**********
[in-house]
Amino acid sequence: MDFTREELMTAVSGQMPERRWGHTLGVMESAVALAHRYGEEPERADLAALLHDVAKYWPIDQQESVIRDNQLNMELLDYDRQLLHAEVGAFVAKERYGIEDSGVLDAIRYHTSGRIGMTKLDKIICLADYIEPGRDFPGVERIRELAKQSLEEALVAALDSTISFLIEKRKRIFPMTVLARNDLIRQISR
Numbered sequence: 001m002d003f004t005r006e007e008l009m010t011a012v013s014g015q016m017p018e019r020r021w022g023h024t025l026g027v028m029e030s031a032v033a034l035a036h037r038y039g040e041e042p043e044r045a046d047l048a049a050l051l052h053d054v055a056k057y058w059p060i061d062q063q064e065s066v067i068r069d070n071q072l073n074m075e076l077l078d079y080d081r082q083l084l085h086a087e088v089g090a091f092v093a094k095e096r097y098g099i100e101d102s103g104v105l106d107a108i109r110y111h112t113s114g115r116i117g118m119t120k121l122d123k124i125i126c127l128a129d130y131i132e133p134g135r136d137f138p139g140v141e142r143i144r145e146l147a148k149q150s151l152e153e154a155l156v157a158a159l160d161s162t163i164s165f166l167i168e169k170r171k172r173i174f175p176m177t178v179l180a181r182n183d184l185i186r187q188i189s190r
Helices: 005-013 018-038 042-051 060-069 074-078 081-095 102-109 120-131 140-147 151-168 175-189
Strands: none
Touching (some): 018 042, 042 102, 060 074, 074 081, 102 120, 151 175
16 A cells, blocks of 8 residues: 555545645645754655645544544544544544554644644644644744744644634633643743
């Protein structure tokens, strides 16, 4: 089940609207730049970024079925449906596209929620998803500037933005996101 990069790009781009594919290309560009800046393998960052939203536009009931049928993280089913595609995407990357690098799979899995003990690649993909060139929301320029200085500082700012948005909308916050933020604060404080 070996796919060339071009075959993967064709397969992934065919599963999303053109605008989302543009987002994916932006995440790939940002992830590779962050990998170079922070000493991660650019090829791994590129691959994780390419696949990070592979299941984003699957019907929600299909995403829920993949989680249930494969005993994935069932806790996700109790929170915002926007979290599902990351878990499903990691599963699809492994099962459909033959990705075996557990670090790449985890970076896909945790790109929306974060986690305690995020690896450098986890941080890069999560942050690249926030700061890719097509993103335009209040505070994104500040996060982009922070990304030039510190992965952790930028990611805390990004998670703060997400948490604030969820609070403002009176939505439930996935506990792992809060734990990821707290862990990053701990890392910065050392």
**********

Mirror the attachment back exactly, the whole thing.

[in-house]
Amino acid sequence: MDFTREELMTAVSGQMPERRWGHTLGVMESAVALAHRYGEEPERADLAALLHDVAKYWPIDQQESVIRDNQLNMELLDYDRQLLHAEVGAFVAKERYGIEDSGVLDAIRYHTSGRIGMTKLDKIICLADYIEPGRDFPGVERIRELAKQSLEEALVAALDSTISFLIEKRKRIFPMTVLARNDLIRQISR
Numbered sequence: 001m002d003f004t005r006e007e008l009m010t011a012v013s014g015q016m017p018e019r020r021w022g023h024t025l026g027v028m029e030s031a032v033a034l035a036h037r038y039g040e041e042p043e044r045a046d047l048a049a050l051l052h053d054v055a056k057y058w059p060i061d062q063q064e065s066v067i068r069d070n071q072l073n074m075e076l077l078d079y080d081r082q083l084l085h086a087e088v089g090a091f092v093a094k095e096r097y098g099i100e101d102s103g104v105l106d107a108i109r110y111h112t113s114g115r116i117g118m119t120k121l122d123k124i125i126c127l128a129d130y131i132e133p134g135r136d137f138p139g140v141e142r143i144r145e146l147a148k149q150s151l152e153e154a155l156v157a158a159l160d161s162t163i164s165f166l167i168e169k170r171k172r173i174f175p176m177t178v179l180a181r182n183d184l185i186r187q188i189s190r
Helices: 005-013 018-038 042-051 060-069 074-078 081-095 102-109 120-131 140-147 151-168 175-189
Strands: none
Touching (some): 018 042, 042 102, 060 074, 074 081, 102 120, 151 175
16 A cells, blocks of 8 residues: 555545645645754655645544544544544544554644644644644744744644634633643743
């Protein structure tokens, strides 16, 4: 089940609207730049970024079925449906596209929620998803500037933005996101 990069790009781009594919290309560009800046393998960052939203536009009931049928993280089913595609995407990357690098799979899995003990690649993909060139929301320029200085500082700012948005909308916050933020604060404080 070996796919060339071009075959993967064709397969992934065919599963999303053109605008989302543009987002994916932006995440790939940002992830590779962050990998170079922070000493991660650019090829791994590129691959994780390419696949990070592979299941984003699957019907929600299909995403829920993949989680249930494969005993994935069932806790996700109790929170915002926007979290599902990351878990499903990691599963699809492994099962459909033959990705075996557990670090790449985890970076896909945790790109929306974060986690305690995020690896450098986890941080890069999560942050690249926030700061890719097509993103335009209040505070994104500040996060982009922070990304030039510190992965952790930028990611805390990004998670703060997400948490604030969820609070403002009176939505439930996935506990792992809060734990990821707290862990990053701990890392910065050392």